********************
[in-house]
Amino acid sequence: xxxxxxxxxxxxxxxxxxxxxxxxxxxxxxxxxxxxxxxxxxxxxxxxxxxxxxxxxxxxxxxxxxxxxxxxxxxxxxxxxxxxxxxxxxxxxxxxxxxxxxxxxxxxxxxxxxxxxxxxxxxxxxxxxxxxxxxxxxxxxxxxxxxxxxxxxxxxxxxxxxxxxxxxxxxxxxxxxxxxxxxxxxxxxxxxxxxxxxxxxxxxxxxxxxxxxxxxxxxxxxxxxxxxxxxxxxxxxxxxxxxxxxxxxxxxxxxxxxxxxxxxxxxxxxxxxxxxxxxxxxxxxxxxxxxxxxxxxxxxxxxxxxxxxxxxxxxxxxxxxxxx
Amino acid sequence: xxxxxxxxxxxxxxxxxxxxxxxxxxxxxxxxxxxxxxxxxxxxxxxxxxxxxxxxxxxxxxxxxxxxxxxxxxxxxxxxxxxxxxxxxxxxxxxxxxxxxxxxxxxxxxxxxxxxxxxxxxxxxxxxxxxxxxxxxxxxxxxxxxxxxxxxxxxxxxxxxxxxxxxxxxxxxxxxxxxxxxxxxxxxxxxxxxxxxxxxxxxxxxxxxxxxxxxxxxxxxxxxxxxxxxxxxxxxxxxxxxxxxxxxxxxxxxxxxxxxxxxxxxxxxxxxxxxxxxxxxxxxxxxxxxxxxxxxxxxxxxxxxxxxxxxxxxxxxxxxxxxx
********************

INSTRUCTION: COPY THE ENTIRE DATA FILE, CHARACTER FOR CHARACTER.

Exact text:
[in-house]
Amino acid sequence: xxxxxxxxxxxxxxxxxxxxxxxxxxxxxxxxxxxxxxxxxxxxxxxxxxxxxxxxxxxxxxxxxxxxxxxxxxxxxxxxxxxxxxxxxxxxxxxxxxxxxxxxxxxxxxxxxxxxxxxxxxxxxxxxxxxxxxxxxxxxxxxxxxxxxxxxxxxxxxxxxxxxxxxxxxxxxxxxxxxxxxxxxxxxxxxxxxxxxxxxxxxxxxxxxxxxxxxxxxxxxxxxxxxxxxxxxxxxxxxxxxxxxxxxxxxxxxxxxxxxxxxxxxxxxxxxxxxxxxxxxxxxxxxxxxxxxxxxxxxxxxxxxxxxxxxxxxxxxxxxxxxx
Amino acid sequence: xxxxxxxxxxxxxxxxxxxxxxxxxxxxxxxxxxxxxxxxxxxxxxxxxxxxxxxxxxxxxxxxxxxxxxxxxxxxxxxxxxxxxxxxxxxxxxxxxxxxxxxxxxxxxxxxxxxxxxxxxxxxxxxxxxxxxxxxxxxxxxxxxxxxxxxxxxxxxxxxxxxxxxxxxxxxxxxxxxxxxxxxxxxxxxxxxxxxxxxxxxxxxxxxxxxxxxxxxxxxxxxxxxxxxxxxxxxxxxxxxxxxxxxxxxxxxxxxxxxxxxxxxxxxxxxxxxxxxxxxxxxxxxxxxxxxxxxxxxxxxxxxxxxxxxxxxxxxxxxxxxxx